Hidden at the very bottom of the $1 trillion infrastructure bill that President Joe Biden will soon sign is the “Minority Business Development Act,” which grants the federal government broad spending powers to help “socially or economically disadvantaged” individuals.
The bill presumes all non-white individuals are socially or economically disadvantaged:
The Under Secretary shall presume that the term ‘’socially or economically disadvantaged individual’ includes any individual who is—(i) Black or African American; (ii) Hispanic or Latino; (iii) American Indian or Alaska Native; (iv) Asian; (v) Native Hawaiian or other Pacific Islander.
Title I of the Minority Business Development Act authorizes the Department of Commerce’s Minority Business Development Agency’s Under Secretary to provide minority businesses with management resources and technological assistance. The Under Secretary can also provide financial, legal, and marketing services whenever they determine necessary. In addition, the government must provide outreach and assistance in five different languages to ensure full access to the services.
The bill encourages federal government partnerships with private sector entities to “consult and cooperate” in the facilitation of assistance to minority-owned businesses. For example, the Minority Business Development Agency (MBDA) Business Center Program gives federal awards to eligible entities that provide “technical assistance and business development services, or specialty services, to minority business enterprises.”:
The purpose of the MBDA Business Center Program shall be to create a national network of public-private partnerships that— (1) assist minority business enterprises in— (A) accessing capital, contracts, and grants; and (B) creating and maintaining jobs (2) provide counseling and mentoring to minority business enterprises; and (3) facilitate the growth of minority business enterprises by promoting trade.
The minimum amount of federal assistance awarded to eligible entities is $250,000. Eligible entities include public and private sector entities as well as higher education institutions.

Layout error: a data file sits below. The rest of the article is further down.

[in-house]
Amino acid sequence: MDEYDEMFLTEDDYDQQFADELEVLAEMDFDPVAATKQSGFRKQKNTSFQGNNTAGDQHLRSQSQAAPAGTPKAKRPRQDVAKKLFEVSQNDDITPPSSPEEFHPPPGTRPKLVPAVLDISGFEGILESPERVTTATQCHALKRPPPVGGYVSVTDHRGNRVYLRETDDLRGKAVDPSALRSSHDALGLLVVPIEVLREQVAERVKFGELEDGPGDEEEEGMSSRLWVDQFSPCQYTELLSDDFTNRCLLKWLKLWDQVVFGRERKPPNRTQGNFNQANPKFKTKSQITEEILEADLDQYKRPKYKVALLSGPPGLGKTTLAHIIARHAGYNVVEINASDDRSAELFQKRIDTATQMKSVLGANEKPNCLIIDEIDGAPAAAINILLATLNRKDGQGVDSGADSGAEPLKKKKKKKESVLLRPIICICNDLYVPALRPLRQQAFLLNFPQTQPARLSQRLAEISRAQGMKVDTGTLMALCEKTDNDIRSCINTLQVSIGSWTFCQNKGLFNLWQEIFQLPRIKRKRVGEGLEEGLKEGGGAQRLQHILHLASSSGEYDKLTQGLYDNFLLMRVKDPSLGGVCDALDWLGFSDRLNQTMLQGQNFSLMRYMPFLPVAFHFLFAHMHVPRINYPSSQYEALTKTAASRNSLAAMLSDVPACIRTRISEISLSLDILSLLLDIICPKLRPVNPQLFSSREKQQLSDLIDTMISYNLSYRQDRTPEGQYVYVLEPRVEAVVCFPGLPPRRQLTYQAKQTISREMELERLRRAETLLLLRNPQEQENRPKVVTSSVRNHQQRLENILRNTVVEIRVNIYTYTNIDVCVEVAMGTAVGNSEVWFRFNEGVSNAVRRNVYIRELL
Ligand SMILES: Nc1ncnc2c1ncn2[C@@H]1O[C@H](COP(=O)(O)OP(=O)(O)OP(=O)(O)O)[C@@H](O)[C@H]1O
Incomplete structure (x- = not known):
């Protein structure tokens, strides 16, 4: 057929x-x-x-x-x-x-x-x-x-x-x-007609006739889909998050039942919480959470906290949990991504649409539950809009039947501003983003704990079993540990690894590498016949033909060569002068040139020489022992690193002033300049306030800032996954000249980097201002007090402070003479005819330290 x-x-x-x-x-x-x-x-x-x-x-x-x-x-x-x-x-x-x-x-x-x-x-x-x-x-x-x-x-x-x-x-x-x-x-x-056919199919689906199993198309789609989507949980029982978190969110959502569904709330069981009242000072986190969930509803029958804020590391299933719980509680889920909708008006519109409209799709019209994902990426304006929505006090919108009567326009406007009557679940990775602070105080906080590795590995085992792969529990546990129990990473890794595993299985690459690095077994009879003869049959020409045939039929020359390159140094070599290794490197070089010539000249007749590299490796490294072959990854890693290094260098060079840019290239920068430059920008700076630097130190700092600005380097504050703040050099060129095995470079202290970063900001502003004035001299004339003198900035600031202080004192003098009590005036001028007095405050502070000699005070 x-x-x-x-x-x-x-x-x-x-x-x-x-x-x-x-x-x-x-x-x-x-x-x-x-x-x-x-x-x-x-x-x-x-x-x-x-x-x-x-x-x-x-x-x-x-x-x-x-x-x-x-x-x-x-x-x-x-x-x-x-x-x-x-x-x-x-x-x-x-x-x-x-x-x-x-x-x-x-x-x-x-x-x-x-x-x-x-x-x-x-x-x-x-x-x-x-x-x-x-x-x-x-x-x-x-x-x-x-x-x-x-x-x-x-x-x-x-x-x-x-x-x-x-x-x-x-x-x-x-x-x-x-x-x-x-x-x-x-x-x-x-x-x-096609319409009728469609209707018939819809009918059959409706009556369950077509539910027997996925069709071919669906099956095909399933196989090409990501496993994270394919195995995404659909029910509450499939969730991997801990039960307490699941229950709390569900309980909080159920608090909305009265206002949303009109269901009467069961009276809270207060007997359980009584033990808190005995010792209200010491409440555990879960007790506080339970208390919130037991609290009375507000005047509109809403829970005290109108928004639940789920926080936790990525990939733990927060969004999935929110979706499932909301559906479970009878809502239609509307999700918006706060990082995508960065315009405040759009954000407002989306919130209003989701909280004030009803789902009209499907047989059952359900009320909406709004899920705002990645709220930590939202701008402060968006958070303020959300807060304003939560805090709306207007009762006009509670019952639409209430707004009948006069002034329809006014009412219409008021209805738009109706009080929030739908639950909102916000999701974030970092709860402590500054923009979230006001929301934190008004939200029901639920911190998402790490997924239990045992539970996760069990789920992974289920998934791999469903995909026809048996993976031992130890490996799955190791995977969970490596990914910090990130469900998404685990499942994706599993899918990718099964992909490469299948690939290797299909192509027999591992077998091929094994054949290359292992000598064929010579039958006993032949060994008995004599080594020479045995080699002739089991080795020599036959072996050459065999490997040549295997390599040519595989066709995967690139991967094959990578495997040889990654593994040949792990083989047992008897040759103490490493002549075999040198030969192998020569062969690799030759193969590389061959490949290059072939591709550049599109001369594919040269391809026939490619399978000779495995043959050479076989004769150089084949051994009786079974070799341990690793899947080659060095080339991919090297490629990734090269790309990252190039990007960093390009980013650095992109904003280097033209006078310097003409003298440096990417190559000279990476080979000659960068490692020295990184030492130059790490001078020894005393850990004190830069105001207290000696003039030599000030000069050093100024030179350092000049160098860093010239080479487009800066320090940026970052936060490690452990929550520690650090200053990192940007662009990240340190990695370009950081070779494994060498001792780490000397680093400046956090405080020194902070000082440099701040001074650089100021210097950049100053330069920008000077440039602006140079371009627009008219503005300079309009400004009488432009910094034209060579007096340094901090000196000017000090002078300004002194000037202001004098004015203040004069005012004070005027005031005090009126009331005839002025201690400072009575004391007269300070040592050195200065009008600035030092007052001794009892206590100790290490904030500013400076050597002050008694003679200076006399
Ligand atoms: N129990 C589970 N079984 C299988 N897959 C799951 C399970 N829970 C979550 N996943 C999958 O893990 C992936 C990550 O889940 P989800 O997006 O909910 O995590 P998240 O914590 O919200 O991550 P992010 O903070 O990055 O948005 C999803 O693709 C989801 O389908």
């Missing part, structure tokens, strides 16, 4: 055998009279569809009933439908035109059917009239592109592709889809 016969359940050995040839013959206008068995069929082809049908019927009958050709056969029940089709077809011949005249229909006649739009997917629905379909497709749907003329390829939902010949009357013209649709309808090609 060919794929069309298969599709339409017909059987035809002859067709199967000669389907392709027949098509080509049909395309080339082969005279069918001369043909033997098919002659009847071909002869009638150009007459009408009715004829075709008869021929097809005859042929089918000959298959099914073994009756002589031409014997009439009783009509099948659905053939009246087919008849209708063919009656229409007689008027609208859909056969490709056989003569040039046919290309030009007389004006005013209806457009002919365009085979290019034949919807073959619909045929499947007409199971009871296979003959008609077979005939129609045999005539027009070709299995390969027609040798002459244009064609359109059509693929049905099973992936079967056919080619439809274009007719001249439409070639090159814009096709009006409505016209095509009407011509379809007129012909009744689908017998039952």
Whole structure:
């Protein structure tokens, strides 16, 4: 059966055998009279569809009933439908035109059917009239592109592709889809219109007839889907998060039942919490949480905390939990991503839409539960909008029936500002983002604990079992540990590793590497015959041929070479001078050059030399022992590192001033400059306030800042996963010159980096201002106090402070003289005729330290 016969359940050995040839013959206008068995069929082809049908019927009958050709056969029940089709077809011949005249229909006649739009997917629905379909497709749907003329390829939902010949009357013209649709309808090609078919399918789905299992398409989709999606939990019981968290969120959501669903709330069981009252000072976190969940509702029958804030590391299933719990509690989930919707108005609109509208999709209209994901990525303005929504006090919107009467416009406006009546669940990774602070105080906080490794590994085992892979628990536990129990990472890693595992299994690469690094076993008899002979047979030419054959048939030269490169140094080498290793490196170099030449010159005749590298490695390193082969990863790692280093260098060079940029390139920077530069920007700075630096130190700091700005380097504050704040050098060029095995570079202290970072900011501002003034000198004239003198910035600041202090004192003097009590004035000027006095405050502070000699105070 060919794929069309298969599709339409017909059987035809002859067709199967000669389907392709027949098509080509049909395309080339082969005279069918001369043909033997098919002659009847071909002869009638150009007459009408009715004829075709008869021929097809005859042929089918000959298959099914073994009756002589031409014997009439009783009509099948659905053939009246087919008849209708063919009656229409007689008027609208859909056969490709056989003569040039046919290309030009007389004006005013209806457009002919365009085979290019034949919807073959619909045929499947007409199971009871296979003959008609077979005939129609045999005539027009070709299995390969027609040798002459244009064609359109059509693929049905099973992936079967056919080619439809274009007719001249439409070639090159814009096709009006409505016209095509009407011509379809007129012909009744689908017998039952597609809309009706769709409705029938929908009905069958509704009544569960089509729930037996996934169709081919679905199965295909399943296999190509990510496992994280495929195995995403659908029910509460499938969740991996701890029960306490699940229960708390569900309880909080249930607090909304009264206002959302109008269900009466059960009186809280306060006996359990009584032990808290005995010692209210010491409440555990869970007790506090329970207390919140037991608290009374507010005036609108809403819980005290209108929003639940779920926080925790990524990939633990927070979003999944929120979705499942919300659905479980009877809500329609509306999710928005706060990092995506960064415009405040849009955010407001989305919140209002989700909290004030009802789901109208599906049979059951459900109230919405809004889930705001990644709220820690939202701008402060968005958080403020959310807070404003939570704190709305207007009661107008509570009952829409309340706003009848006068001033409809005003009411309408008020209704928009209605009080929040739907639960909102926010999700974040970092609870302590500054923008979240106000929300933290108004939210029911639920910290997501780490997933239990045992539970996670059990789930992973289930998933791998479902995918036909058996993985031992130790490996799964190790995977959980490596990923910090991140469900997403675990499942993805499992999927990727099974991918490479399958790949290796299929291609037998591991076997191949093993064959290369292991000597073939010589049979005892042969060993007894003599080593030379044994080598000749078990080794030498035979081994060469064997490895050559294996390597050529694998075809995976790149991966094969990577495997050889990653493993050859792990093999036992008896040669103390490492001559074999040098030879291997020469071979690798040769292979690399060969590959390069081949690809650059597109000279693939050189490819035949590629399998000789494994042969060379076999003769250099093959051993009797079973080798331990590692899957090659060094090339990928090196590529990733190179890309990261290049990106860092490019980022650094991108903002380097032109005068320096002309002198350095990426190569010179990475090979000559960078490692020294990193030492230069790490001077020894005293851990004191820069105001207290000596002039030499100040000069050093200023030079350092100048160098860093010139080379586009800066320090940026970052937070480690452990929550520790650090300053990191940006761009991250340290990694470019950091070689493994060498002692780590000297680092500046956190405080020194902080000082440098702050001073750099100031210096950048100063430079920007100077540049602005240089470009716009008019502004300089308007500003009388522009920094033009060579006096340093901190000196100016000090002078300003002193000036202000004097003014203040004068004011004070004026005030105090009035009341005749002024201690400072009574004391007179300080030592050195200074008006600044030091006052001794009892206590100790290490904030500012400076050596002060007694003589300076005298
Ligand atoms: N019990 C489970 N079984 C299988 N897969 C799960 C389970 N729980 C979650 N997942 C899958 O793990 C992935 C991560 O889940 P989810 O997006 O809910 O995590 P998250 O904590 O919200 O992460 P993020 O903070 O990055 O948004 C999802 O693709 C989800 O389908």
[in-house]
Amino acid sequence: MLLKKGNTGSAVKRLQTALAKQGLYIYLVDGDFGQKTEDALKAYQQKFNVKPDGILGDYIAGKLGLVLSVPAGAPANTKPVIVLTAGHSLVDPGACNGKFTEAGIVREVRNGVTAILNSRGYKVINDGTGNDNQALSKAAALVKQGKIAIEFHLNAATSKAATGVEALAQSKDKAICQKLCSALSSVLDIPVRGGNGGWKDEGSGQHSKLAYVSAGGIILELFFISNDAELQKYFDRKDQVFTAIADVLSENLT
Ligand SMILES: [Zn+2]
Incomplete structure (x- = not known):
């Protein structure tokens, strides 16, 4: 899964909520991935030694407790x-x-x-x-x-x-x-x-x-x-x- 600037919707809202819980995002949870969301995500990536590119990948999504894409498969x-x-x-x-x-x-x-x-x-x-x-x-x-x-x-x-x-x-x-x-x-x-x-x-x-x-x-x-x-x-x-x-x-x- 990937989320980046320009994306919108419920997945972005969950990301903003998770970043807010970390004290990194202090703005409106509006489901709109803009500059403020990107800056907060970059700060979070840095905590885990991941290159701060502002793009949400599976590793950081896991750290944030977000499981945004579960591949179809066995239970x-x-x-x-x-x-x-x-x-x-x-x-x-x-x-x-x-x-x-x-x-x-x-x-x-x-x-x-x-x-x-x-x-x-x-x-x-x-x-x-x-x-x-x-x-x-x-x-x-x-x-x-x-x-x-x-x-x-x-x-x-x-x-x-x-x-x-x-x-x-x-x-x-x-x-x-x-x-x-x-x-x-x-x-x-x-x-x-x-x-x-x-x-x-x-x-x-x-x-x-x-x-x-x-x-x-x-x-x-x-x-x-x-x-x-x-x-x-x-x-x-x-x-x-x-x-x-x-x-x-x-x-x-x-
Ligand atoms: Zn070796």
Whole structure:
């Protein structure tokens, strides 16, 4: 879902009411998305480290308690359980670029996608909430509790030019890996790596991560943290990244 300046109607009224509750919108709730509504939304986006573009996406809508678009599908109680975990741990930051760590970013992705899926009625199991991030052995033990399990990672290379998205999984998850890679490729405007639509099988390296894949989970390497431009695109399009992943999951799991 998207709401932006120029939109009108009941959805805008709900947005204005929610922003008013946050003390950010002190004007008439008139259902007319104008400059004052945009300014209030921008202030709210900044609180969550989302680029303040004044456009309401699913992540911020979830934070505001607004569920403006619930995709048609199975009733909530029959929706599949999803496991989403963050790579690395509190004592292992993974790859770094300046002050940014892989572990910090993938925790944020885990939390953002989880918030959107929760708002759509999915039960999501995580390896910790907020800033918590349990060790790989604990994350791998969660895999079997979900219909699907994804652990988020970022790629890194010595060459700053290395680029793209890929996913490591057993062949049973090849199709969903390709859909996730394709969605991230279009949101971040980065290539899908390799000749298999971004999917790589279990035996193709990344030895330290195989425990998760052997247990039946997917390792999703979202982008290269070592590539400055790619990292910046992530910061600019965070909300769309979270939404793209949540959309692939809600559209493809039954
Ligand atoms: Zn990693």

When determining which entities to enter into partnerships with, the federal government considers whether entities reside in majority-minority or economically distressed areas.
The law establishes a similar program for minority businesses located in rural areas.
There is an entire title devoted to “new initiatives to promote economic resiliency for minority businesses.” One of these initiatives is the annual “diverse business forum on capital formation,” where heads of federal agencies meet with minority business owners to address problems associated with creating wealth.
Another initiative focuses on educational development relating to management and entrepreneurship. The government will encourage universities and businesses to develop scholarships, apprenticeships, and internships specifically for minorities.
The bill authorizes grants to nonprofit organizations that “can demonstrate that a primary activity of the organization is to provide services to minority business enterprises.” These grants may be used to “support the development, growth, or retention of minority business enterprises.”
Additionally, the bill creates the Minority Business Enterprises Advisory Council to advise and assist the agency in its quest to help the black, Hispanic, Indian, or Asian people it presumes are socially or economically disadvantaged.